Michael: The prospect I am most excited for is catcher Diego Cartaya but he is only 20 years old so he likely won’t debut until 2024. The prospect I am watching for this season is Ryan Pepiot. He is one of the Dodgers’ top pitching prospects and he has a mid 90’s fastball to go with an excellent changeup. He has a slider that he’s working on which is supposed to be the only thing holding him back. Given that Kershaw hasn’t pitched a full season injury free in a couple years the Dodgers could call Pepiot up around mid-season if not sooner should injuries arise. He could be the injection of talent and youth that sparks the rotation down the stretch and into the postseason.

Stacie: I’ve been most excited about Diego Cartaya’s journey to the majors. The Dodgers’ No. 1 prospect briefly played with the Single-A Rancho Cucamonga Quakes last season where he smashed 10 homers and drove in 31 runs in 31 games, good for a .298 batting average and a 1.023 OPS.
We’ve got to take a longer look at the 20-year old catcher at spring training where he continues to create a lot of hype. His back injury, along with the cancellation of the 2020 season due to the pandemic, limited Cartaya to 80 minor-league games after signing with the Dodgers in 2018 for $2.5 million out of Venezuela. Most agree he has the talent to become an All-Star level catcher even though we’ve only seen him play sparingly. Cartaya will probably start the season in Low-A, but I bet he moves up quickly.

As far as a player who may make his MLB debut soon, I’m excited for right-hander Bobby Miller. Again, we have a small sample size for Miller. He has pitched just 56 ⅓ innings since the Dodgers drafted him out of Louisville in 2020 in the first round. The hard-throwing Miller may not need much seasoning in the minors. The 22-year-old has a fastball that can reach triple-digits, a great slider, an effective changeup and a developing curveball. It’s a long shot that he’ll make the Opening Day roster, but I see him making his MLB debut with the Dodgers this season. Miller will start on Tuesday for the Dodgers against the Angels in the Freeway Series.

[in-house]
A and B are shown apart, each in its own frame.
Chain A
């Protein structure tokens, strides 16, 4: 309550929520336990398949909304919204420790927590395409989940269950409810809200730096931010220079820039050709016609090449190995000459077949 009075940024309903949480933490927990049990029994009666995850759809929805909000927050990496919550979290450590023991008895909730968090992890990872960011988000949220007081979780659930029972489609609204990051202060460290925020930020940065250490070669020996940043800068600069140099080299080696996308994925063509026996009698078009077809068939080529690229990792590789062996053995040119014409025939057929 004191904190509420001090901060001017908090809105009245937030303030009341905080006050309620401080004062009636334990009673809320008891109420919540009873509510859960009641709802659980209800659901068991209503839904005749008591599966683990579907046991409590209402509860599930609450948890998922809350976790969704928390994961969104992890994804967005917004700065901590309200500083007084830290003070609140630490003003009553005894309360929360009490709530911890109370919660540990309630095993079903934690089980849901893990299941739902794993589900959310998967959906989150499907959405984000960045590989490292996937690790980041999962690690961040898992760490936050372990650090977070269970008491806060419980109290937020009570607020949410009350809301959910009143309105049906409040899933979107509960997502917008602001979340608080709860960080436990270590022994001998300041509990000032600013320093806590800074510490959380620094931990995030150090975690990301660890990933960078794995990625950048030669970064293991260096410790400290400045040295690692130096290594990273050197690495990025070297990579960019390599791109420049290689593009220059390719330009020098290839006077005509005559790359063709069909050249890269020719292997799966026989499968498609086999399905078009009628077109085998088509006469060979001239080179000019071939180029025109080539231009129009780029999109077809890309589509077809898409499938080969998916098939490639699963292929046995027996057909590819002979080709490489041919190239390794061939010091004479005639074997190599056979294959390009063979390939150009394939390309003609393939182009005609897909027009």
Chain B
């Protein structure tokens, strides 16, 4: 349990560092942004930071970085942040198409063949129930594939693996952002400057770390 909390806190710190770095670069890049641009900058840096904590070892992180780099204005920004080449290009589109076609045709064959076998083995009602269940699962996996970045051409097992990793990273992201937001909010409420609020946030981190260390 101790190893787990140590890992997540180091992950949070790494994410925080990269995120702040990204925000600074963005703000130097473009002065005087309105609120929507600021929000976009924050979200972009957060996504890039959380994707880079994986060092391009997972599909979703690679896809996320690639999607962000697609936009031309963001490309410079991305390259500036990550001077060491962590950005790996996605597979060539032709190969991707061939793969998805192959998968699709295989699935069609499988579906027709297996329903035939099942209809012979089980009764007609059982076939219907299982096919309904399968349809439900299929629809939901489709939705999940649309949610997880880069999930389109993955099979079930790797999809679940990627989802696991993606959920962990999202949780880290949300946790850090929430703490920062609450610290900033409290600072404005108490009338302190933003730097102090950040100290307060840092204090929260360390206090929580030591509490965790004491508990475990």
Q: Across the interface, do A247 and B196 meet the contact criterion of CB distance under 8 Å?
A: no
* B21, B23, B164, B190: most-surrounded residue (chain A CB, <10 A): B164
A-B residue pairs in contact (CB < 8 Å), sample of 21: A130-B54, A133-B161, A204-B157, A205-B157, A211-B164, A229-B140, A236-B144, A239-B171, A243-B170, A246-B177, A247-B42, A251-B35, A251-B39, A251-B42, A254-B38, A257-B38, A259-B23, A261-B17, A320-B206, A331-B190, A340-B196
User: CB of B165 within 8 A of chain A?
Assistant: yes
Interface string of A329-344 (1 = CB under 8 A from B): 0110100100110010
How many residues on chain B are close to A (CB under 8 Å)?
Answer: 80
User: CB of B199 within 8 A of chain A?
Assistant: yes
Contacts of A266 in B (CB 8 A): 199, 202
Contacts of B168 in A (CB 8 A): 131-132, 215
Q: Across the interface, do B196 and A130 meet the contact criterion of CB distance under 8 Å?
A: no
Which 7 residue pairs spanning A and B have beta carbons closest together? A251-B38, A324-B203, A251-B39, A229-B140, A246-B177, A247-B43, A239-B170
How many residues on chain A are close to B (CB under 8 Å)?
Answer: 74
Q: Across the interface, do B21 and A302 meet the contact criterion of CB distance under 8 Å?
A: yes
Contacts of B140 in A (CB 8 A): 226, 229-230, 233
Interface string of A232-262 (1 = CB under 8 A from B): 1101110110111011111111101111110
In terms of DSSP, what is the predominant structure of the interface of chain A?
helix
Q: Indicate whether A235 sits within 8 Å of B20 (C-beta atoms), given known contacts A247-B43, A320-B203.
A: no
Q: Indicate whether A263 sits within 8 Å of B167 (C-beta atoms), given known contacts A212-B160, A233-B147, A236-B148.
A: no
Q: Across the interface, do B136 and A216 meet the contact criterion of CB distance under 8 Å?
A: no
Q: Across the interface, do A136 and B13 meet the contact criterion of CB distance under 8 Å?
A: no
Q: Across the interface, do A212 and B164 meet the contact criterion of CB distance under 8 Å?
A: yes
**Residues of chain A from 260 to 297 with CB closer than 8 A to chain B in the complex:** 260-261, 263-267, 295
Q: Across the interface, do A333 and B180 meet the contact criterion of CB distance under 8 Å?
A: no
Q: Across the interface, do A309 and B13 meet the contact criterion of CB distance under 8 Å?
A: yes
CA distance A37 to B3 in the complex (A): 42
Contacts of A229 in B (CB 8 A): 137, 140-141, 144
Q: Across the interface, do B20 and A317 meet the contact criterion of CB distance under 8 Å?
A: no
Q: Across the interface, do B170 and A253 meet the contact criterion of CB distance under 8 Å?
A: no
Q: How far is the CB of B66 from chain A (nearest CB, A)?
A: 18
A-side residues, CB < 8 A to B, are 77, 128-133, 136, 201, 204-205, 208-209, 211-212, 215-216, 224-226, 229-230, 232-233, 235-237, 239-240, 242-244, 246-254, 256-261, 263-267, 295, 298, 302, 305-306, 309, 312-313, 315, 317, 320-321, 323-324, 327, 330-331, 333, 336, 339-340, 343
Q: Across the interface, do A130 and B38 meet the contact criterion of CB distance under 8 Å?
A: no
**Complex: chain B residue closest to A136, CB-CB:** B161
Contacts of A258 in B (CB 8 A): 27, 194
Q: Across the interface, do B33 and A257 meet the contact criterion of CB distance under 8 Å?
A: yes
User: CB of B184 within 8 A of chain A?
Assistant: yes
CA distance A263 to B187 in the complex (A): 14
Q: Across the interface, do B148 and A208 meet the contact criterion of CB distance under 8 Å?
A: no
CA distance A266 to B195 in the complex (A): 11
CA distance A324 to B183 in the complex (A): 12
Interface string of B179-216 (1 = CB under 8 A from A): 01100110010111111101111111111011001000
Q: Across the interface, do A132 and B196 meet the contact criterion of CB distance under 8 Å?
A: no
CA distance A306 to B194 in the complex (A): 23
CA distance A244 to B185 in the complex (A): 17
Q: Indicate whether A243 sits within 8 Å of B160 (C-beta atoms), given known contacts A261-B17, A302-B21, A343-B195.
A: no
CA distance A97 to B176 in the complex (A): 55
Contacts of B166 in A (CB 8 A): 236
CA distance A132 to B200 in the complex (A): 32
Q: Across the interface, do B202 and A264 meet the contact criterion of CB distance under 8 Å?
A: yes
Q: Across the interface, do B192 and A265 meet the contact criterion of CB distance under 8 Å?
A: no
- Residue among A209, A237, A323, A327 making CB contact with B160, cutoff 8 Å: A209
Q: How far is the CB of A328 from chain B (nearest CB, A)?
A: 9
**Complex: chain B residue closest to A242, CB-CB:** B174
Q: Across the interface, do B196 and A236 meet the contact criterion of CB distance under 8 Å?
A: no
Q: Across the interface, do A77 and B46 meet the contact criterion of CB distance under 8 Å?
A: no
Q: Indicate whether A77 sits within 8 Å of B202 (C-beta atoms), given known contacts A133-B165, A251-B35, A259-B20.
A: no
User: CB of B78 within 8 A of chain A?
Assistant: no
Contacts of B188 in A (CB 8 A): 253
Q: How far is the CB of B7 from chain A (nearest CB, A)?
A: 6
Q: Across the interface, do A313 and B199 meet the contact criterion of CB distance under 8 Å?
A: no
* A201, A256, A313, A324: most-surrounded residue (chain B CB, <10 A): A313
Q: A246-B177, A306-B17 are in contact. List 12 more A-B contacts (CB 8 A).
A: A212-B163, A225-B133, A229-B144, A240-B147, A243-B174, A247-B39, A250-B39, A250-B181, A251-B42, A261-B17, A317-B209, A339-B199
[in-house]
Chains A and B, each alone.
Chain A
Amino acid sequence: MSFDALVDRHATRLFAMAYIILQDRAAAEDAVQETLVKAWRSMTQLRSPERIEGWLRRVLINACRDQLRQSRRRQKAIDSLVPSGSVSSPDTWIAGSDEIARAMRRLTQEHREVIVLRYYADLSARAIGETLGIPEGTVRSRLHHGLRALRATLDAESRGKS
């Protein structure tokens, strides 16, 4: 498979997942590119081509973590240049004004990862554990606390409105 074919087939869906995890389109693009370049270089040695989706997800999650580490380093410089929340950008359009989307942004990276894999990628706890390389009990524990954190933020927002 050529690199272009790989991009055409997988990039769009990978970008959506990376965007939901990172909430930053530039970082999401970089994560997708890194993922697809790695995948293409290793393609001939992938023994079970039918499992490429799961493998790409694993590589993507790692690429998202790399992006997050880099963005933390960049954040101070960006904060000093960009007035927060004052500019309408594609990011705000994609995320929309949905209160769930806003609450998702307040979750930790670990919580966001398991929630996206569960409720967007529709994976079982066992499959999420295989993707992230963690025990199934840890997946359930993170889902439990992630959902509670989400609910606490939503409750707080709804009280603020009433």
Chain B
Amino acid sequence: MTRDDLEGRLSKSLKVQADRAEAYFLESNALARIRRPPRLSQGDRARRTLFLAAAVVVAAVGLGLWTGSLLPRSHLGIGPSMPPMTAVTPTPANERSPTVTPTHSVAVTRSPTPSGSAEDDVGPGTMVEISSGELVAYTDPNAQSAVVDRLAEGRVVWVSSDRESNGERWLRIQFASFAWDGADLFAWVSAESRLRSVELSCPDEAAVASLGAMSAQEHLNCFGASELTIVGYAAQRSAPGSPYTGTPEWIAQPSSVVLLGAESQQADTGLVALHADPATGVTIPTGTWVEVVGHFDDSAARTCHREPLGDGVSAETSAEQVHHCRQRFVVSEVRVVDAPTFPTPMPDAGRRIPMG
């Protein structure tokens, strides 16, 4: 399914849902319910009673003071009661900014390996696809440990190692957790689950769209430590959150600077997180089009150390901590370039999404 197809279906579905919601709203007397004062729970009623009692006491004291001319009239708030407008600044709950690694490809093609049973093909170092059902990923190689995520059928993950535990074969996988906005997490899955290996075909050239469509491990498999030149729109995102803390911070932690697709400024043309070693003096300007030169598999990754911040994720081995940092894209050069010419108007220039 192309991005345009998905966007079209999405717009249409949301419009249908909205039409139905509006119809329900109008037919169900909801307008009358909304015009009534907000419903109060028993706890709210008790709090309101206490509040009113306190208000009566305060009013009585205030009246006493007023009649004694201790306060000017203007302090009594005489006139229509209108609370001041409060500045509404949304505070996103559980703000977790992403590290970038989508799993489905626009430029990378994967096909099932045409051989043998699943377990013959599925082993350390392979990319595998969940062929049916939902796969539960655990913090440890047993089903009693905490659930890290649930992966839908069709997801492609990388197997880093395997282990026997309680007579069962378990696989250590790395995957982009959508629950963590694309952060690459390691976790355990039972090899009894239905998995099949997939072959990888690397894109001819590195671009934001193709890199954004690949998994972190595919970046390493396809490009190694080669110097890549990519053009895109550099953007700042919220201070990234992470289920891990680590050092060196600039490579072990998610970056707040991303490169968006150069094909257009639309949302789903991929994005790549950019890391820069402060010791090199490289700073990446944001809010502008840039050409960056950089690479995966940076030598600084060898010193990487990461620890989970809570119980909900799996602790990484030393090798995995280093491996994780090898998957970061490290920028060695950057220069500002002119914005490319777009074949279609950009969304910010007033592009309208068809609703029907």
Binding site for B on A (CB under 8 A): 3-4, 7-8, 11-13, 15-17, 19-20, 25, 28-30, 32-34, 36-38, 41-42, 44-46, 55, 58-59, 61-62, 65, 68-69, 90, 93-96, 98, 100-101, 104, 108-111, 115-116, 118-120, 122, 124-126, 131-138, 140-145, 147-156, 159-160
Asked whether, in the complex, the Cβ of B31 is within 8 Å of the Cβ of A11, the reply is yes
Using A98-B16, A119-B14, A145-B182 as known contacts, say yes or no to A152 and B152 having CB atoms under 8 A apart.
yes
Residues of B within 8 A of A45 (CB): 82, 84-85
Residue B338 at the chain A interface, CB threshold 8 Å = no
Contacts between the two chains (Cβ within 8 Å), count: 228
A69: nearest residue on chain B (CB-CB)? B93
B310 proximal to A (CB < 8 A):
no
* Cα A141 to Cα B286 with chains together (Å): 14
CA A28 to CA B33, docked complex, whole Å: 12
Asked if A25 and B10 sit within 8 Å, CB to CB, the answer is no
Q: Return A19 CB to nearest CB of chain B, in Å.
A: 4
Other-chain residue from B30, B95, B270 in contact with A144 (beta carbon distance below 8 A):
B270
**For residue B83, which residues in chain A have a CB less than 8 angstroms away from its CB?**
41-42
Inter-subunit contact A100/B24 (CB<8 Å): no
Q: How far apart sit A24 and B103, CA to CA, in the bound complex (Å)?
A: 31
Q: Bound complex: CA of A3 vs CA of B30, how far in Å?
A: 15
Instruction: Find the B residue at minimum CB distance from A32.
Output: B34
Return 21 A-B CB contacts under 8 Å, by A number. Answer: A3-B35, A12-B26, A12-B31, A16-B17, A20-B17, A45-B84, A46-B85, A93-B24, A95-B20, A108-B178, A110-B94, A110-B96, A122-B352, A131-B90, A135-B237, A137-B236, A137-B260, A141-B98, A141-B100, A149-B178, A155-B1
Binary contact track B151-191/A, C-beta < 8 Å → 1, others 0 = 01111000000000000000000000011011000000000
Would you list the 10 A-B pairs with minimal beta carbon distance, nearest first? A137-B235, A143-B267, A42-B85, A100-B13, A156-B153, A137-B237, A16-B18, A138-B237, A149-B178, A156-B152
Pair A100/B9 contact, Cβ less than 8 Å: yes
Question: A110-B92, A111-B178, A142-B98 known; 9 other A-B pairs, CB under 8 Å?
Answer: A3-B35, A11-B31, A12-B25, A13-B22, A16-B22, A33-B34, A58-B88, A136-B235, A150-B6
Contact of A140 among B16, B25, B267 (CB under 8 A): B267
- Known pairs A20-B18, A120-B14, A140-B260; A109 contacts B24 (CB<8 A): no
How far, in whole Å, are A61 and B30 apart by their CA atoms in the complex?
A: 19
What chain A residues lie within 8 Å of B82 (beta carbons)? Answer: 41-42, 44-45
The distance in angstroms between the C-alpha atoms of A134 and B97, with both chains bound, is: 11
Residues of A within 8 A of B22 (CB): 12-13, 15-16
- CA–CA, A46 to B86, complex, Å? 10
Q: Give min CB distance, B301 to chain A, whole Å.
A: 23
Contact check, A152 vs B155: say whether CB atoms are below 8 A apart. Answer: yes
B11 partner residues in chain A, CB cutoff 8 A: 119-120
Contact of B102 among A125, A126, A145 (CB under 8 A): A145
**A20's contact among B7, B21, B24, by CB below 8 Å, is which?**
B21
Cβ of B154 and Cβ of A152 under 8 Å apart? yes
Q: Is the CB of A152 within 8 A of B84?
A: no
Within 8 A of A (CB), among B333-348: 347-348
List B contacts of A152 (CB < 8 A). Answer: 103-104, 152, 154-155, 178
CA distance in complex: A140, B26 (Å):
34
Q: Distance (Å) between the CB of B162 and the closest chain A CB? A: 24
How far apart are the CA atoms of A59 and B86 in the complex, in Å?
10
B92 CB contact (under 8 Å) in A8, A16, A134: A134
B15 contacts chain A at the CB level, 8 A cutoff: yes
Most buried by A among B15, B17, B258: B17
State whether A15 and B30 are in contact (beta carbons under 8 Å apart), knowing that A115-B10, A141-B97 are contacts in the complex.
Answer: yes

C70: How do you see 2022 shaking out for this team? What’s your expectation of where they finish?

Scott: They have competition this year with the Giants, Braves and Brewers. However this club is supremely talented. They have a stacked lineup and I see them winning 95-100 and being World Series contenders again. The hitting will be fantastic but the pitching is a bit thin. Now without Kenley they don’t have a defined closer. But dominant Blake Treinen should handle most of the 9th inning duties. They also have effective hurlers like Alex Vesia, Phil Bickford, and fireballer Brusdar Grateful. Lefty Victor Gonzales is a hidden weapon and guys like Price and Tony Gonsolin can provide bulk innings.

The main problem is the lack of rotation depth. Dustin May should be coming back from Tommy John surgery mid-season but once again Kershaw, Buehler and Urias are going to have to shoulder the brunt of the innings this year. I think they’ll try and pick up some pitching at the trade deadline. Perhaps they can move Gavin Lux or one of their prospects for another arm? Otherwise they don’t have many holes and look just as formidable as they did last season. Hopefully the World Series trophy returns to Dodger Stadium.

Michael: I don’t like sounding boastful but really this Dodger lineup is loaded and the team should be able to win the NL West fairly easily and win over 100 games. Should everything work out injury wise and in the back of the rotation I think the Dodgers could win 110 games in 2022. This is another World Series or bust season for the boys in blue.

Stacie: I expect the Dodgers to remain one of the top teams in baseball. Los Angeles will have some stiff competition in the division again vs. San Diego, but they will finish the season well ahead of the Padres. I will project a 101-61 record for the Dodgers in 2022 as they recapture the NL West title. 

C70: Besides yourself and the team account, give me up to three good Dodgers Twitter accounts to follow.

Scott: There are a lot of good Dodger Twitter follows. Check out these guys like my sister Stacie who writes for Dodgers Digest @staciewheeler. @callingthegame is a hilarious follow that holds nothing back when tweeting about the Dodgers. @ericstephen is another good follow who writes for True Blue LA. He’s very smart and always at the stadium. @chadmoriyama is at times laugh out loud funny, but his feed is not for the faint of heart.

Michael: @EricStephen – Part of the great staff at True Blue LA and he will give you a funny pun or two along with the latest on the Dodgers. @FabianArdaya – He is the Dodgers writer for the Athletic and always on top of things as well as his take on all things Dodgers for the Athletic.

Stacie: @ericstephen for the amazing Dodgers coverage and the puns
@grantbrisbee (not a Dodgers account) for the Dodgers-Giants games he’s the best (and worst)
@billplunkettocr for the reliable Dodgers coverage